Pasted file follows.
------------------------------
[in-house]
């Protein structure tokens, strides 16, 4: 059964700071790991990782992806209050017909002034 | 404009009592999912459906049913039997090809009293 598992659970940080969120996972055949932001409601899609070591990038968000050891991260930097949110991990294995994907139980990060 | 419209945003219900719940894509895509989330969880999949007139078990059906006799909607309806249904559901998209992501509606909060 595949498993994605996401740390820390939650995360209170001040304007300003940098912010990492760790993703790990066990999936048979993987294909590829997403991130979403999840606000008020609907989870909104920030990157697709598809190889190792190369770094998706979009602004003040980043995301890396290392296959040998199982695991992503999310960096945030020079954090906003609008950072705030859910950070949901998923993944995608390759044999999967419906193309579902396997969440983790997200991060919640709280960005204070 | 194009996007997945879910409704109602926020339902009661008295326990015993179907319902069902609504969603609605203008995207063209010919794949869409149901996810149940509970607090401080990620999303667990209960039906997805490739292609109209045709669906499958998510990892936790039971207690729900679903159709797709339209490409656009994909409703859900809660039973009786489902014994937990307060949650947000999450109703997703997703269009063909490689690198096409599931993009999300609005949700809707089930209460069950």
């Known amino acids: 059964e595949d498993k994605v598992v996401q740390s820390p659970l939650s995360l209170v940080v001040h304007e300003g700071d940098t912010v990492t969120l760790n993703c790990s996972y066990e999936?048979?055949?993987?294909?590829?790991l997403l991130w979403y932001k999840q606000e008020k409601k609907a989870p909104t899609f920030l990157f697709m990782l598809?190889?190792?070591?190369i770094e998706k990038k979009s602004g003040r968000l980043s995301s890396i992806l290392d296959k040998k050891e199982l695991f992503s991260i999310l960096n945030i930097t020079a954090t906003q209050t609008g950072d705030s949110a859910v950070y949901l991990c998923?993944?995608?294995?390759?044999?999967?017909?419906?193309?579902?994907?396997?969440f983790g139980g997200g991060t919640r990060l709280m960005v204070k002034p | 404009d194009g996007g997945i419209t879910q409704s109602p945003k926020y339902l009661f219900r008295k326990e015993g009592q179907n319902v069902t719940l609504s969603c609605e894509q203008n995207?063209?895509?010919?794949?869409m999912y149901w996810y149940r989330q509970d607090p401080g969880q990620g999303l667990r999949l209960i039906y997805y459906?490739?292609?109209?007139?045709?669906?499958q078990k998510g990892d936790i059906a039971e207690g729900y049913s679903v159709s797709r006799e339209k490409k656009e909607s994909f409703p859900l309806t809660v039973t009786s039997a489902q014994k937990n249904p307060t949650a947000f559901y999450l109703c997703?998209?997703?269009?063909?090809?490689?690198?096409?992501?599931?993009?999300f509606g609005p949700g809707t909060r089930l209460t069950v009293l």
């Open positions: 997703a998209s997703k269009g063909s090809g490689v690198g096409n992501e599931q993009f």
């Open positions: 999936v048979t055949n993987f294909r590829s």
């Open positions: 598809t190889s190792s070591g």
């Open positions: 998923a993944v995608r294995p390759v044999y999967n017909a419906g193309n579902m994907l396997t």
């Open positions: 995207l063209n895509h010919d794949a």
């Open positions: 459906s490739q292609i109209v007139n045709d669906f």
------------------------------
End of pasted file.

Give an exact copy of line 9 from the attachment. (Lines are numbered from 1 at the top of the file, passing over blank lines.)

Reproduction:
């Open positions: 459906s490739q292609i109209v007139n045709d669906f």